I planted a Minuet Lilac in my garden. All summer the lilac grew straight and flush with tender green leaves shaped like hearts. Then one day I left the gate open and a young stag came into my garden, a three year old judging from his points. His eyes were fine, round and black. Two of mine would have fit into one of his.
He lay down on the grass, taking that regal pose favoured by French chefs working in lard and ice. That's nice, I thought. That's nice. He rested a few minutes, then rose in a relaxed sort of way and began a stately amble. He walked beautifully, like Louis the Fourteenth. But his casual air was a lie. He knew where he was going and why. The heart-shaped leaves fluttered vainly like Andromeda chained to the rocks. He knew he could take his time. And he did.
He lowered his crowned head in a courtly bow. Then his pink tongue began to flick, in and out, in and out, tearing the leaves from the branches. His fine little white teeth, moving in a circular direction, crunching and crushing them deliberately, one after the other, without haste. Tear, crunch, crush. Tear, crunch, crush.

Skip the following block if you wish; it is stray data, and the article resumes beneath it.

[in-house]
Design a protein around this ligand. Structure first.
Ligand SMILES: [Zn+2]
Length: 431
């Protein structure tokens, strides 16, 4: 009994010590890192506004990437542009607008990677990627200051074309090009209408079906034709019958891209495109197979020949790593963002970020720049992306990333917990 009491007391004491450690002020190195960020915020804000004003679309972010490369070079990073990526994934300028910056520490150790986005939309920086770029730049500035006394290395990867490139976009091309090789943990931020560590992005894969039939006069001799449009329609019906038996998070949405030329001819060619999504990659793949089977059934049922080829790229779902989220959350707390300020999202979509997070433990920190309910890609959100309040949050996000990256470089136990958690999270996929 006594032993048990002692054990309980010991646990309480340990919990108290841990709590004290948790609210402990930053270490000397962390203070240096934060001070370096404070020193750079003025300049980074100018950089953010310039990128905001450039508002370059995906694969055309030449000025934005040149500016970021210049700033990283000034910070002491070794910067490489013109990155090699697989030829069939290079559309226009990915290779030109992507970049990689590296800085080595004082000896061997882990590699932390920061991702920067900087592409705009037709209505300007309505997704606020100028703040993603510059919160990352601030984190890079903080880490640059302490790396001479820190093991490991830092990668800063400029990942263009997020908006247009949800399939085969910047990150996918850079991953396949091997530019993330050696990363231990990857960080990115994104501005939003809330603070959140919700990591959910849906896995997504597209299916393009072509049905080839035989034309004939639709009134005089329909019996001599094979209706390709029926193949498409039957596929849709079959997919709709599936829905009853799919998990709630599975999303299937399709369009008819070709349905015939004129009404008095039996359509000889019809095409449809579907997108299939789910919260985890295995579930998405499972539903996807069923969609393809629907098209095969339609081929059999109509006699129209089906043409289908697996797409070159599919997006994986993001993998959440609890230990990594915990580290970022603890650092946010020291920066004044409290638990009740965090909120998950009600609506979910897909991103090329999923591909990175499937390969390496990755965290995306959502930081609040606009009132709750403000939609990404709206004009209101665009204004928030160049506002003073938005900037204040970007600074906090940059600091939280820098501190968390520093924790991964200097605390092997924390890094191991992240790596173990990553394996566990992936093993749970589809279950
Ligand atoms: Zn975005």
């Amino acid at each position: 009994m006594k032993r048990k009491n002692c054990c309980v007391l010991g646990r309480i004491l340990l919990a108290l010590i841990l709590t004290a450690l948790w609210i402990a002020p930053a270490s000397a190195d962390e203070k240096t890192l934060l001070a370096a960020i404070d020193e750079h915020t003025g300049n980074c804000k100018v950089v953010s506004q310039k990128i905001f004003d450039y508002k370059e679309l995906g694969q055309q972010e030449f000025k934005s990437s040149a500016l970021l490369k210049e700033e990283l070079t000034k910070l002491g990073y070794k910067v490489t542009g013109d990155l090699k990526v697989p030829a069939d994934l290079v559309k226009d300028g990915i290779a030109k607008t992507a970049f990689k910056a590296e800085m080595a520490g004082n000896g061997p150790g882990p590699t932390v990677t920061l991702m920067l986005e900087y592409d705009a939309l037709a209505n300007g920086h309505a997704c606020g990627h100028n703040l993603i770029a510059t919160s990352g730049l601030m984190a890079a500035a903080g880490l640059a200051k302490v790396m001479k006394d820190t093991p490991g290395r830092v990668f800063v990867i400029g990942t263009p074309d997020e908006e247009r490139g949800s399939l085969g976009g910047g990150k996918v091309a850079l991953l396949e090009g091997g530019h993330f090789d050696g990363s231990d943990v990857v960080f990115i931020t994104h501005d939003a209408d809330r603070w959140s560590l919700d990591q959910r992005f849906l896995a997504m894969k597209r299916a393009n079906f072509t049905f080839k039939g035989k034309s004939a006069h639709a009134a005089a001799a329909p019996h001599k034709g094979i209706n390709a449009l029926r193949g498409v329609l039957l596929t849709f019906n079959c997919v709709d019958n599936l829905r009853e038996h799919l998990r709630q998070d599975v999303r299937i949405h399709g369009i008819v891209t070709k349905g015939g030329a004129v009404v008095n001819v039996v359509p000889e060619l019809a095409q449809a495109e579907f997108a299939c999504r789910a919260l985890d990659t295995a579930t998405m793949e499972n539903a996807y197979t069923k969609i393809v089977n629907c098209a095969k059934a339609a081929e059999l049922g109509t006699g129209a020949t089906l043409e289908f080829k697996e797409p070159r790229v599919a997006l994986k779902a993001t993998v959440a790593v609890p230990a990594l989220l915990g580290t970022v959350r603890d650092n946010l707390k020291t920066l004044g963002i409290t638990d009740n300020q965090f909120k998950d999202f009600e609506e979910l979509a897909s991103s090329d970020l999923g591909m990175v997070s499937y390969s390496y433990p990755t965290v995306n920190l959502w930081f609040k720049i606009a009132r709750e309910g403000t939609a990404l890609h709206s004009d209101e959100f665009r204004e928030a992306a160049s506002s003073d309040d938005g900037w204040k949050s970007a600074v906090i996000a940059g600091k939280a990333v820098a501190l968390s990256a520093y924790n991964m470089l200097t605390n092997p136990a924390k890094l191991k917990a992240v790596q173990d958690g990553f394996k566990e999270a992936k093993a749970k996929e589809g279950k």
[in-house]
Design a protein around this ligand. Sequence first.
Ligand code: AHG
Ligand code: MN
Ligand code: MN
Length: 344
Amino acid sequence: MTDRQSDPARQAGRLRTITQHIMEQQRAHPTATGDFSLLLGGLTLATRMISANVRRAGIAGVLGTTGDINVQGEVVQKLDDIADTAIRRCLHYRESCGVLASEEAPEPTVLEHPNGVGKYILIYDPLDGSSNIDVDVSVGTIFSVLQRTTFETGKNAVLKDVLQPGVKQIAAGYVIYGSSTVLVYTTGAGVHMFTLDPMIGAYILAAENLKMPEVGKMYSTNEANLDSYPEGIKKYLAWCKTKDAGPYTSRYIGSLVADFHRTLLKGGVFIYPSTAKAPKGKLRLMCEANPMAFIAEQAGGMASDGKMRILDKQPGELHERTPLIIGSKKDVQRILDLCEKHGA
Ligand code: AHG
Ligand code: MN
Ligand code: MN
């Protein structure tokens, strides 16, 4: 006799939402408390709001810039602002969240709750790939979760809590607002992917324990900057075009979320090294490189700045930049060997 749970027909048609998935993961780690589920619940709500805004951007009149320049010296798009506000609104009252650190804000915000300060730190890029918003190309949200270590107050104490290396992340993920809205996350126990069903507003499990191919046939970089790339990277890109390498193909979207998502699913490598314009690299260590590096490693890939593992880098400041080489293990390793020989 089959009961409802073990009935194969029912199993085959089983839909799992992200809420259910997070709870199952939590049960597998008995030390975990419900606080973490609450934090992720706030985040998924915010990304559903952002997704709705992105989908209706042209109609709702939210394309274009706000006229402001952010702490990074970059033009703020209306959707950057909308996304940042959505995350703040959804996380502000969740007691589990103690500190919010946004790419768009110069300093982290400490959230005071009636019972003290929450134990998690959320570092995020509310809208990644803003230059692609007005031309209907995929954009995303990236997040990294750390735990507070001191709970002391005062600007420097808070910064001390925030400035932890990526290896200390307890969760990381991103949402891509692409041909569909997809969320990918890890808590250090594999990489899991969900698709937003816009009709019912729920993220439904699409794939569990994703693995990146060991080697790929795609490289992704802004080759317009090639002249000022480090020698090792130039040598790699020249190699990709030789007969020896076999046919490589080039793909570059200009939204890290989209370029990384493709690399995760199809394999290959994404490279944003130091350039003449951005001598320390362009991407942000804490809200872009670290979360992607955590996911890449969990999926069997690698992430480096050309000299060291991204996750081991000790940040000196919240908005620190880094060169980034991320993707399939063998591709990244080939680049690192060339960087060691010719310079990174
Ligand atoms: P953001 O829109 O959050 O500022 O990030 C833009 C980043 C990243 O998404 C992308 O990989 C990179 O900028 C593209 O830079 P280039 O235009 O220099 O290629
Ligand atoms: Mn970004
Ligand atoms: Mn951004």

And when all the leaves were all gone, he thrust his antlers into the bare branches and raked them through again and again, as though he were combing his hair, stripping all the bark. But still he wasn't finished with the Minuet Lilac. For better torque he added a twist after the thrust and before the pull. - Thrust, twist, pull. Thrust twist pull. Until all that remained of the lilac was a bit of stubble and a few sticks on the grass.
Then turning away, with the grace of a ballet dancer, he moved on.